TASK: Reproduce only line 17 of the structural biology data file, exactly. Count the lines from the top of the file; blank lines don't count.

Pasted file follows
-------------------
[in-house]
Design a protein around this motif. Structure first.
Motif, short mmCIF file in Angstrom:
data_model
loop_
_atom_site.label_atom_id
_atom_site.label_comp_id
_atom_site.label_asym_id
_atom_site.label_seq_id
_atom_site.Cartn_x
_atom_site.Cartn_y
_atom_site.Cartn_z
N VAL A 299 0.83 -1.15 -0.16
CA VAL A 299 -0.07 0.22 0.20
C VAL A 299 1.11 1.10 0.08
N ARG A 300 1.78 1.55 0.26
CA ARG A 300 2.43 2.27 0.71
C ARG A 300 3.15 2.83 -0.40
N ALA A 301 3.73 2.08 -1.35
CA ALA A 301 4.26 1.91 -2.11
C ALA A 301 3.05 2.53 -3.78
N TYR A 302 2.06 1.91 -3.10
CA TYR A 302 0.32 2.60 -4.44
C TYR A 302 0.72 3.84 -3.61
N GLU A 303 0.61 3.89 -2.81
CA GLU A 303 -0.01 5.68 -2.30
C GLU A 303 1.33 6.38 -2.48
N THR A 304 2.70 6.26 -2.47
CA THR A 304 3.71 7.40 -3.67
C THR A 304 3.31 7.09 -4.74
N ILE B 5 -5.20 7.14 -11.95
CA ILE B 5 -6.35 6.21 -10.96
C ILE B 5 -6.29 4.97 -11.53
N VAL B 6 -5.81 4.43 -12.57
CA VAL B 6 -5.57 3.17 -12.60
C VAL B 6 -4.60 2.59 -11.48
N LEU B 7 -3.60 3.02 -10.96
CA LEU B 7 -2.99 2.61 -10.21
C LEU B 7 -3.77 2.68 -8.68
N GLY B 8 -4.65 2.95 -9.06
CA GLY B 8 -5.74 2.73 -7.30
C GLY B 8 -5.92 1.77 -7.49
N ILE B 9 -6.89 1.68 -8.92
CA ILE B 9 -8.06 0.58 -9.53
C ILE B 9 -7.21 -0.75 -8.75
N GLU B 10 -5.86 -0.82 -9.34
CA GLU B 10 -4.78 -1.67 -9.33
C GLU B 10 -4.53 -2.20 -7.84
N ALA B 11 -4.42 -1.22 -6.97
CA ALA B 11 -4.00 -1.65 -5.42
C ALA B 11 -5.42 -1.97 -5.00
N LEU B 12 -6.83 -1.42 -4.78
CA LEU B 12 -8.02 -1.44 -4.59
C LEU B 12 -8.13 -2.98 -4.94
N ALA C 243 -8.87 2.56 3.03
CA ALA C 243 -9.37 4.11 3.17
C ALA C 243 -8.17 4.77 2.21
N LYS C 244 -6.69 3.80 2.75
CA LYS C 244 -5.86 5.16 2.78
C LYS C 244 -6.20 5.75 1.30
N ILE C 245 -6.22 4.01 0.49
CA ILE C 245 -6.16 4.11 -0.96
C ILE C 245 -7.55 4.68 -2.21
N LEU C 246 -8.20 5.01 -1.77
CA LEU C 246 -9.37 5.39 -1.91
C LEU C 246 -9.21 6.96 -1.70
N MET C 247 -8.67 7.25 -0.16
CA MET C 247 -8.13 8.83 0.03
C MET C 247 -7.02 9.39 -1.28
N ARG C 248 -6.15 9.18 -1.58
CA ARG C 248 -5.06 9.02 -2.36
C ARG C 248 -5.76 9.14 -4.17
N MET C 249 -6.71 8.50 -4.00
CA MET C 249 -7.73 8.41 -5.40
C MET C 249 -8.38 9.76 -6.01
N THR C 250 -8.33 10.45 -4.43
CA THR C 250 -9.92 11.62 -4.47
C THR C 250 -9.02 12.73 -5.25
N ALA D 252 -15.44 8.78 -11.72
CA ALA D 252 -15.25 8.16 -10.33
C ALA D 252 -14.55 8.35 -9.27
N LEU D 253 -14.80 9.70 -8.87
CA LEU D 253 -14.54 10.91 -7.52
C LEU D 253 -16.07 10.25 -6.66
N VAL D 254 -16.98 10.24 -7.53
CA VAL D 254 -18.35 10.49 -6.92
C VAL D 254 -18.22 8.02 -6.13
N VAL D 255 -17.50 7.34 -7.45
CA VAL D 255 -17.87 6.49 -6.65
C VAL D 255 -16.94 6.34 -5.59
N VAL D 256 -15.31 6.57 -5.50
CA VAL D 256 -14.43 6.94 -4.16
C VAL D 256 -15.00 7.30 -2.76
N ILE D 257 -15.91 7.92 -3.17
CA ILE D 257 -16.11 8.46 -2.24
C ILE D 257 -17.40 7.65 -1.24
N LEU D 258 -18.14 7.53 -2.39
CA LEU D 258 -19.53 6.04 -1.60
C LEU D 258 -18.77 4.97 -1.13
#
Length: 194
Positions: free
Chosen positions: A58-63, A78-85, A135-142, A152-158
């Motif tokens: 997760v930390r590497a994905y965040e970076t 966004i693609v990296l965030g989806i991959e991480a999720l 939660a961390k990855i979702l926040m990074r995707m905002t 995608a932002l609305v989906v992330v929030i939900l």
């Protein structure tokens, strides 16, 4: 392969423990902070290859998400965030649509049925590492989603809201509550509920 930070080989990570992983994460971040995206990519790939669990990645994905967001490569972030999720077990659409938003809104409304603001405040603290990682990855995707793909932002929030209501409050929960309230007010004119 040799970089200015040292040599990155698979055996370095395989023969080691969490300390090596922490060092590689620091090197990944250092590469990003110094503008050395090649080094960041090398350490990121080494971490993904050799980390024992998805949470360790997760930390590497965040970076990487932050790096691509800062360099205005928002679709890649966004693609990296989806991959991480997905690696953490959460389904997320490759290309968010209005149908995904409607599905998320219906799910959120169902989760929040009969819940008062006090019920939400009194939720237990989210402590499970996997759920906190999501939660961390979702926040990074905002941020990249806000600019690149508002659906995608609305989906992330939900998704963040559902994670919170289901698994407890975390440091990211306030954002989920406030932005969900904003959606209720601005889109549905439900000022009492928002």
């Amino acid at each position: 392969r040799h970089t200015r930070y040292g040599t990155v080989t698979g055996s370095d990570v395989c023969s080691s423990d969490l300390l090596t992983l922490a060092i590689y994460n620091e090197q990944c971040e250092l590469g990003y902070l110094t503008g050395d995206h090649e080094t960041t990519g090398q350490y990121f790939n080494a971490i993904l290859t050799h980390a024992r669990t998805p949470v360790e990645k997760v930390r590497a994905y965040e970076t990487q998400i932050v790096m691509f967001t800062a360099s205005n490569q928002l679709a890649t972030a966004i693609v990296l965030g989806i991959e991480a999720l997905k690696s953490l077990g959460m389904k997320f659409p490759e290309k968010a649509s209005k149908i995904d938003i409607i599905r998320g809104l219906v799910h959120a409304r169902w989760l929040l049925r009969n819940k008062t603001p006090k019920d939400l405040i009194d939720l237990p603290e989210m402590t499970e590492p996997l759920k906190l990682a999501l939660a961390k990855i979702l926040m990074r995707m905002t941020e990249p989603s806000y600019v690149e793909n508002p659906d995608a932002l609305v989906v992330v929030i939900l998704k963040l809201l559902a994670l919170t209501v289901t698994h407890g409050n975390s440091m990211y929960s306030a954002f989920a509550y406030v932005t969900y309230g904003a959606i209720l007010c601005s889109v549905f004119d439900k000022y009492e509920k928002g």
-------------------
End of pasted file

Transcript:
CA ARG A 300 2.43 2.27 0.71